The Classic Coleslaw Recipe.

There are a LOT of things I love about this classic coleslaw recipe that my family has been making for years. It’s crunchy, creamy, sweet and vinegary – all in one mouthful. Plus it’ll keep in the refrigerator for dayssssss. This is not an adventurous coleslaw or an innovative one. It’s better than that – it’s an old timey delicious one.

You’ve got your cabbage, your carrots, your mayo, sugar and vinegar. What you don’t have is a good old fashioned coleslaw recipe that you know you’re going to love. I would like you to take your finger, point it at yourself and declare out loud – I DO NOW.

Your search for a traditional coleslaw recipe that you actually like is over. It has ended right here on this Internet page. The same Internet that often lies to you. The same one that convinced you to add butter to your morning coffee and assaulted you with videos of people making Spaghetti-O pie for dinner.

If you don’t know how to make coleslaw I’m gonna lay it out for you right now.

How to make coleslaw

You shred some cabbage and carrots and mix it up with dressing. That’s it. (you can also add other things like celery, onions etc. etc.) But at its heart coleslaw is raw shredded carrots and cabbage.

The dressing

Coleslaw dressing falls into 2 categories: creamy or vinegary. This is what often alarms people. If you’re looking for a creamy coleslaw, the kind you’d get at KFC for instance, you’ll be disappointed if you use a recipe that’s for a vinaigrette based dressing.

Creamy coleslaw dressing (like the one in this recipe) does contain vinegar, but it also has mayonnaise which gives your slaw that creamy consistency.

How to shred that cabbage!

The two easiest ways to shred cabbage are with an electric food processor or with a plain old chef’s knife.

  1. If you have a food processor, fit it with the shredding attachment and feed slices of your cabbage through the tube. You’ll end up with a finely shredded cabbage.
  2. You can also shred it by hand by just cutting it thinly with a knife. I cut the cabbage in half and then with the flat side on the counter cut straight through the cabbage at less than 1/4″ intervals.

Because I like to complicate things whenever possible, I shred my cabbage both ways for my coleslaw. I think it creates the best texture to have both the finer slaw which is great at absorbing the creamy dressing, and the bigger slaw for bigger crunch.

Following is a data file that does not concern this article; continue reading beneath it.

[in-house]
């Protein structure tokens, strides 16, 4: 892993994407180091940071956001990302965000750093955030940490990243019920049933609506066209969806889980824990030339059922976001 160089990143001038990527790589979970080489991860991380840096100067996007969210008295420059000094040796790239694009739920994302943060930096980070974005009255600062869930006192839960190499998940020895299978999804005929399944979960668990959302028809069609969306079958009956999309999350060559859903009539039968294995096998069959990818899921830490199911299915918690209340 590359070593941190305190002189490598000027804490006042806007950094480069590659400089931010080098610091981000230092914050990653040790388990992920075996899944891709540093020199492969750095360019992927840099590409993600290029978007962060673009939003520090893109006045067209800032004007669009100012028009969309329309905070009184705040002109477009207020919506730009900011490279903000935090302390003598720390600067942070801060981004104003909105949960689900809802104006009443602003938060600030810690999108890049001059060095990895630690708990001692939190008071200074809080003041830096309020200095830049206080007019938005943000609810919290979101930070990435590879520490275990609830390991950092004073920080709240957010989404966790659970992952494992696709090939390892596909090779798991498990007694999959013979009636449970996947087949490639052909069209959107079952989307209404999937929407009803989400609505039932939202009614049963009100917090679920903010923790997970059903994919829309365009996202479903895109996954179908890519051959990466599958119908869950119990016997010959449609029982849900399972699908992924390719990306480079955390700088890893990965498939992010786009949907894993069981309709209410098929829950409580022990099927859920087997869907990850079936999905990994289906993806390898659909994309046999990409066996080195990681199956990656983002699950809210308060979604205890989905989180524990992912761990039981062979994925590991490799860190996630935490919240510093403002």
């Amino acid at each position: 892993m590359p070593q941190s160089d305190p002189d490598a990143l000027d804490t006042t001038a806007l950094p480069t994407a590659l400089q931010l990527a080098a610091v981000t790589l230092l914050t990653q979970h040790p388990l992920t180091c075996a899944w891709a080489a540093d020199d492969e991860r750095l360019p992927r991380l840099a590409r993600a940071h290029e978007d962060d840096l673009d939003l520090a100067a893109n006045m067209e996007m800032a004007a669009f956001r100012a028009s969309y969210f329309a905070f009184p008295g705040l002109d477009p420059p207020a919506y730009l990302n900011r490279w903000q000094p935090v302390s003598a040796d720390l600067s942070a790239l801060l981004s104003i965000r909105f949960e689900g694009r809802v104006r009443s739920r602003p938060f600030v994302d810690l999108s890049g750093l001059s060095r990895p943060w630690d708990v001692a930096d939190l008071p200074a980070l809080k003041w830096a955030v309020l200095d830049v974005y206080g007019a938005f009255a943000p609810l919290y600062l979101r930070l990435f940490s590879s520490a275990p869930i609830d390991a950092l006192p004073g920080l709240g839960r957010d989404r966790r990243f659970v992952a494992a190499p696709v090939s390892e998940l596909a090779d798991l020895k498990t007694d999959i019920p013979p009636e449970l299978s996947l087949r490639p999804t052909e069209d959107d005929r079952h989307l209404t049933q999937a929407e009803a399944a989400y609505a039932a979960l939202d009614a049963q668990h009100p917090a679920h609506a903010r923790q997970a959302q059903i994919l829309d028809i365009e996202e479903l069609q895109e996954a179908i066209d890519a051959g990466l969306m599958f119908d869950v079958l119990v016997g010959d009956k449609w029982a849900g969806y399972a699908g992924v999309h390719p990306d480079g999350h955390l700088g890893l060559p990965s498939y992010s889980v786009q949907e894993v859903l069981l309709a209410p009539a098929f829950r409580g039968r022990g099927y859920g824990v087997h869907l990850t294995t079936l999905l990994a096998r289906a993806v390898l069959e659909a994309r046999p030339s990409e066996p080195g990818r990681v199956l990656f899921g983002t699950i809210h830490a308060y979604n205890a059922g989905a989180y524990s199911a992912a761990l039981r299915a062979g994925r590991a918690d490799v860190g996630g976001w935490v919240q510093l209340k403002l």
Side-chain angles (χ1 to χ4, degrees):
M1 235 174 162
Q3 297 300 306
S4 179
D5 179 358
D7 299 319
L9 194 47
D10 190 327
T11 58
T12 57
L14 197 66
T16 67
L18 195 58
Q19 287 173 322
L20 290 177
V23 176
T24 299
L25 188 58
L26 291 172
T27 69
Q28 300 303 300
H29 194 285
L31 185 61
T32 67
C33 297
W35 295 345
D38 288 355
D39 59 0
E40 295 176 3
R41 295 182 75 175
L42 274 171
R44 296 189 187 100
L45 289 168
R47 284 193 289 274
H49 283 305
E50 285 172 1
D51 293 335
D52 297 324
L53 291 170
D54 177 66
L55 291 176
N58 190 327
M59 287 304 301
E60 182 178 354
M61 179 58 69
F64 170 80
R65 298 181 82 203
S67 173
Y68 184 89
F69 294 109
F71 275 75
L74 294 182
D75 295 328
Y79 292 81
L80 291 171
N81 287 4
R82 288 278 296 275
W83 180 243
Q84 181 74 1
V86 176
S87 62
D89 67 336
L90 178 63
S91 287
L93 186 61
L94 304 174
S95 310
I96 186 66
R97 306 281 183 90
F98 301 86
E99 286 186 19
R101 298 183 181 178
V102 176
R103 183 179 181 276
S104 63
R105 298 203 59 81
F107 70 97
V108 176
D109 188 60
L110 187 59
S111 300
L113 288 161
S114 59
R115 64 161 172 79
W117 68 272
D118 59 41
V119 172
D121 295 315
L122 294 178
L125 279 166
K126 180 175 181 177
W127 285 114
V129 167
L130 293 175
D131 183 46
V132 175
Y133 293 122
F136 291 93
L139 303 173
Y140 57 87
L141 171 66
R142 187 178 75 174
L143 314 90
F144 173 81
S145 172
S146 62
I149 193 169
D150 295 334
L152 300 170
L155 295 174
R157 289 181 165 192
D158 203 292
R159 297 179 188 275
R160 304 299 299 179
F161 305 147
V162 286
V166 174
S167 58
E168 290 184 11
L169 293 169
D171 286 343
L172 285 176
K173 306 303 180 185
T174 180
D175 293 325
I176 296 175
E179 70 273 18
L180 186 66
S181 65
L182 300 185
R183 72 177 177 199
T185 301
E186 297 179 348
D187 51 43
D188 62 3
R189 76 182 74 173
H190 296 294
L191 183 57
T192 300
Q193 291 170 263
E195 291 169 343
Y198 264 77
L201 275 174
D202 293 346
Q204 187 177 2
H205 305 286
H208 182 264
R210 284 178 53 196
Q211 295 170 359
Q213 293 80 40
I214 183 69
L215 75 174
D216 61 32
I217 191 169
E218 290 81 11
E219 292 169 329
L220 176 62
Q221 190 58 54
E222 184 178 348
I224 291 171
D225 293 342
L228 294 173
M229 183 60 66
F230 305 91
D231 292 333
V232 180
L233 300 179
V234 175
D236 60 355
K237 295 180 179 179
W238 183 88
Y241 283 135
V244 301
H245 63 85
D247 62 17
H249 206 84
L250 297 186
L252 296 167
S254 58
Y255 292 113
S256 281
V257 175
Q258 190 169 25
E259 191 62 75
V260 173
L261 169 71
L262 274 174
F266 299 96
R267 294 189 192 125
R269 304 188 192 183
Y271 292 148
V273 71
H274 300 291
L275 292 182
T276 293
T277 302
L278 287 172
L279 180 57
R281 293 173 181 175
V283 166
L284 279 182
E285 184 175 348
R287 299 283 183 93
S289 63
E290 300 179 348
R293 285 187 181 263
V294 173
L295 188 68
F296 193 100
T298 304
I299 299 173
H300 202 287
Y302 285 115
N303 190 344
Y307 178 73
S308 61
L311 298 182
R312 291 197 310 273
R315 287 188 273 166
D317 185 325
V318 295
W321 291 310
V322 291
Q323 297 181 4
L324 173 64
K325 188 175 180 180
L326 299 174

Do I think this is the best coleslaw recipe? Yes I do. I’ve been eating it for years and declaring those exact words every time I eat it.

Will you think it’s the best? I can’t say 100% for sure because we really don’t know each other that well – but I think so, yes. For instance, I absolutely knew you weren’t going to like butter in your coffee.

How long will it last in the fridge?

This coleslaw is going to last 3-5 days in the fridge. The further away from day 1 you are the less crunchy the slaw will be. By day 5 it will still indeed be crunchy but not nearly as much as it is on day 1 or 2.

This recipe tastes best after a day of marinating in the fridge so feel free to make it the day before you plan on taking it to a picnic, BBQ or bed with you.

karen bertlesen

I usually make this with only a green cabbage but it looks much better visually when you add some red cabbage to it. Why? Because red cabbage was officially declared the most beautiful of all the vegetables. By me, just now, in a desperate attempt to appear authoritative and “in the know.”

You don’t need a ton of carrots, one or two big ones will be fine. Once everything is diced and shredded you can mix up your dressing.

The dressing is white vinegar, water, sugar, mayo, and salt. But you can change it up depending on how wild you’re feeling or what you have in the kitchen.

Swapping ingredients

Swap White vinegar with – Apple cider vinegar (use the same amount)

Swap Sugar with – Honey (use 1/3 cup honey, instead of 1/2 cup sugar)

Swap Mayo with – Greek yogurt (make sure it’s plain yogurt,) or even sour cream (use the same amount)

Once you’ve shredded your ingredients, you just add them to the dressing and mix it up, add a sprinkling of celery seed and you’re done. You can either put it in the fridge to marinate or eat it right away, but it really will be better the next day. Like chili!

Before you ask where I got the matte black bowls, I got them at my local grocery store (Loblaws in Canada) years ago but I did find similar 10 oz matte black bowls on the dreaded Amazon.

The Recipe

Traditional coleslaw in a small black bowl lined with a red cabbage leaf.

Classic Coleslaw Recipe.